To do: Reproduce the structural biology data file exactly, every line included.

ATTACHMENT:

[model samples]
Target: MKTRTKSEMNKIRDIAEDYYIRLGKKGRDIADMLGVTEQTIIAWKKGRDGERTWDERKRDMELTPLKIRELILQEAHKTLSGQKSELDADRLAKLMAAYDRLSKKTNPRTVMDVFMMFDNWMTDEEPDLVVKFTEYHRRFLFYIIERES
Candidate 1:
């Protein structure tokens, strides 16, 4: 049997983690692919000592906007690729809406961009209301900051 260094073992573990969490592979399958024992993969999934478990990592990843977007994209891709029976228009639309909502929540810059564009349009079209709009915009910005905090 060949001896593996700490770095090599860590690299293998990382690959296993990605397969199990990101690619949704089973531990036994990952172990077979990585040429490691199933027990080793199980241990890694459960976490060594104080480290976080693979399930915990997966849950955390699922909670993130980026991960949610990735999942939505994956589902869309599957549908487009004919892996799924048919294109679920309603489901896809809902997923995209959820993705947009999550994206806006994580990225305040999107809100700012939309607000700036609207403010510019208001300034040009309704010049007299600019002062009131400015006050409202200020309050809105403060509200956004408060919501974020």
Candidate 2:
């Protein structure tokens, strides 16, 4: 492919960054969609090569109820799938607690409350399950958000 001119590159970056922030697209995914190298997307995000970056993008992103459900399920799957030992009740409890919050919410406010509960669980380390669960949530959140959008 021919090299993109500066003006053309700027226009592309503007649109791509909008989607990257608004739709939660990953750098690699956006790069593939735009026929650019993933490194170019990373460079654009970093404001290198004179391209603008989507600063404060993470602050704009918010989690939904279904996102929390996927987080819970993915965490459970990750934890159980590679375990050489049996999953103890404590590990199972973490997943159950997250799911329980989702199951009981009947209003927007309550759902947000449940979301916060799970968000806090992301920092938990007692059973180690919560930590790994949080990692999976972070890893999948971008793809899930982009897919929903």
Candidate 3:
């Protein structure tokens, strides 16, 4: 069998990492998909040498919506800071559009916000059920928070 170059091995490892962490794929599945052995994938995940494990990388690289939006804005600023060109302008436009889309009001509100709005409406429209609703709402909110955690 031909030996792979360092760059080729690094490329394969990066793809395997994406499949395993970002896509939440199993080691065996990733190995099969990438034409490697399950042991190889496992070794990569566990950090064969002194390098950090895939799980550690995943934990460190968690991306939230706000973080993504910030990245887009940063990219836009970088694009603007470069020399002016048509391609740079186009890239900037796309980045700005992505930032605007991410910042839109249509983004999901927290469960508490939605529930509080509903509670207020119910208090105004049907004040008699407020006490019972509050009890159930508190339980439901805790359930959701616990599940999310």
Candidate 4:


[model samples]
Target: MKTRTKSEMNKIRDIAEDYYIRLGKKGRDIADMLGVTEQTIIAWKKGRDGERTWDERKRDMELTPLKIRELILQEAHKTLSGQKSELDADRLAKLMAAYDRLSKKTNPRTVMDVFMMFDNWMTDEEPDLVVKFTEYHRRFLFYIIERES
Candidate 1:
């Protein structure tokens, strides 16, 4: 049997983690692919000592906007690729809406961009209301900051 260094073992573990969490592979399958024992993969999934478990990592990843977007994209891709029976228009639309909502929540810059564009349009079209709009915009910005905090 060949001896593996700490770095090599860590690299293998990382690959296993990605397969199990990101690619949704089973531990036994990952172990077979990585040429490691199933027990080793199980241990890694459960976490060594104080480290976080693979399930915990997966849950955390699922909670993130980026991960949610990735999942939505994956589902869309599957549908487009004919892996799924048919294109679920309603489901896809809902997923995209959820993705947009999550994206806006994580990225305040999107809100700012939309607000700036609207403010510019208001300034040009309704010049007299600019002062009131400015006050409202200020309050809105403060509200956004408060919501974020």
Candidate 2:
């Protein structure tokens, strides 16, 4: 492919960054969609090569109820799938607690409350399950958000 001119590159970056922030697209995914190298997307995000970056993008992103459900399920799957030992009740409890919050919410406010509960669980380390669960949530959140959008 021919090299993109500066003006053309700027226009592309503007649109791509909008989607990257608004739709939660990953750098690699956006790069593939735009026929650019993933490194170019990373460079654009970093404001290198004179391209603008989507600063404060993470602050704009918010989690939904279904996102929390996927987080819970993915965490459970990750934890159980590679375990050489049996999953103890404590590990199972973490997943159950997250799911329980989702199951009981009947209003927007309550759902947000449940979301916060799970968000806090992301920092938990007692059973180690919560930590790994949080990692999976972070890893999948971008793809899930982009897919929903």
Candidate 3:
């Protein structure tokens, strides 16, 4: 069998990492998909040498919506800071559009916000059920928070 170059091995490892962490794929599945052995994938995940494990990388690289939006804005600023060109302008436009889309009001509100709005409406429209609703709402909110955690 031909030996792979360092760059080729690094490329394969990066793809395997994406499949395993970002896509939440199993080691065996990733190995099969990438034409490697399950042991190889496992070794990569566990950090064969002194390098950090895939799980550690995943934990460190968690991306939230706000973080993504910030990245887009940063990219836009970088694009603007470069020399002016048509391609740079186009890239900037796309980045700005992505930032605007991410910042839109249509983004999901927290469960508490939605529930509080509903509670207020119910208090105004049907004040008699407020006490019972509050009890159930508190339980439901805790359930959701616990599940999310």
Candidate 4: